While clear warning signs indicate that another food crisis is looming in the Sahel, up to 9 million people in the area are at risk of food shortages and extreme hunger if nothing is done now, asserts Peter Gubbels for Groundswell International. Food crises can no longer be treated as limited events caused by occasional hazards like droughts or floods. If acute food crises can be triggered by drought, they are short term peaks of an underlying trend of increasing chronic vulnerability.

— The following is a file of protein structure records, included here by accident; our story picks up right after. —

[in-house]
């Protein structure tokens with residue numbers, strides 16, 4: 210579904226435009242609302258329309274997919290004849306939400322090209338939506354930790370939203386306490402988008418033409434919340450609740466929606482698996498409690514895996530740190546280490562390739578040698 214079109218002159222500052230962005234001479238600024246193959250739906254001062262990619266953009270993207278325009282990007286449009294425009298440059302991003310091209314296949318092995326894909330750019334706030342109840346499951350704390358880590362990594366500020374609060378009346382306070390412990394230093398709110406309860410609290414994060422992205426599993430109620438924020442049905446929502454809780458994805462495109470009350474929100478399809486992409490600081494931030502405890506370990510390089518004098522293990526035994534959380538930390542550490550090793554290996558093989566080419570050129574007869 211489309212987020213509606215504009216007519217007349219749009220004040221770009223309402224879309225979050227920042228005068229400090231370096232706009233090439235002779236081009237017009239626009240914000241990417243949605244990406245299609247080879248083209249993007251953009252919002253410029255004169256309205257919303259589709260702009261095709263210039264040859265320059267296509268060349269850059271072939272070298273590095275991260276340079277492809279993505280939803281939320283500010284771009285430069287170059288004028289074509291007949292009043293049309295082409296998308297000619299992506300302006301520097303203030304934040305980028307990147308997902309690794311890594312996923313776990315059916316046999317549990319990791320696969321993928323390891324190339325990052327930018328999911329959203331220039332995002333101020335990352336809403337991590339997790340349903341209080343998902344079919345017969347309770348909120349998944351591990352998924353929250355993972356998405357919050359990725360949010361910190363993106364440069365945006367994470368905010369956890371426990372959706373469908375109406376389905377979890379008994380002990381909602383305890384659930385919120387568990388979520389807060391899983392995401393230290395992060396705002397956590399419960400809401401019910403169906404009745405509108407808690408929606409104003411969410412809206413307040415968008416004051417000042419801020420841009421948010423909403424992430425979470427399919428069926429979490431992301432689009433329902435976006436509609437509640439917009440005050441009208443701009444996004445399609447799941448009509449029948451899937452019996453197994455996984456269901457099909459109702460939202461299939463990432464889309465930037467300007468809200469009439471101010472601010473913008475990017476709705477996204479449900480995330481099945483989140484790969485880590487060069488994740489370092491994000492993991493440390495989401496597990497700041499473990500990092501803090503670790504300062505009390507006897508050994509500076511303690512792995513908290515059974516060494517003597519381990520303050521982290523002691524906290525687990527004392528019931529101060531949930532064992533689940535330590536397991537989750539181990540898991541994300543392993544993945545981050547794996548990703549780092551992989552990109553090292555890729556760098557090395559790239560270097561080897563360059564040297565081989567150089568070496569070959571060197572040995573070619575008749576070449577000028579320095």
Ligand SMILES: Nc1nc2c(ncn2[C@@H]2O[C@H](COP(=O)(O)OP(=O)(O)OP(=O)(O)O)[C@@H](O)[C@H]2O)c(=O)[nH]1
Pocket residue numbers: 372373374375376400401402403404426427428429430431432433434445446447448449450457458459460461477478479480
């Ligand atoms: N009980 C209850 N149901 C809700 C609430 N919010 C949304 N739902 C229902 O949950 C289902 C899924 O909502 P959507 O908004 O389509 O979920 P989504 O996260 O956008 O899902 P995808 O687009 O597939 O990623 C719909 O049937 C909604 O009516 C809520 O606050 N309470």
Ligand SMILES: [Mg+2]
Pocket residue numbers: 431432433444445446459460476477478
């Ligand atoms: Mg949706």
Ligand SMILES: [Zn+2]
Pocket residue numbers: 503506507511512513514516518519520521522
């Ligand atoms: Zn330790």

Local population's coping strategies, including migration, and selling or mortgaging their land, household goods and livestock, have reached the limits of their effectiveness. Communities in the Sahel need support to adapt to changing conditions and increase their resilience: by improving food production using agro-ecological farming techniques; through disaster risk reduction (DRR) techniques, including adaptation to climate change; by working with women’s savings and loans groups to develop alternative sources of food; or through various social protection measures such as direct cash transfers and livelihood support.
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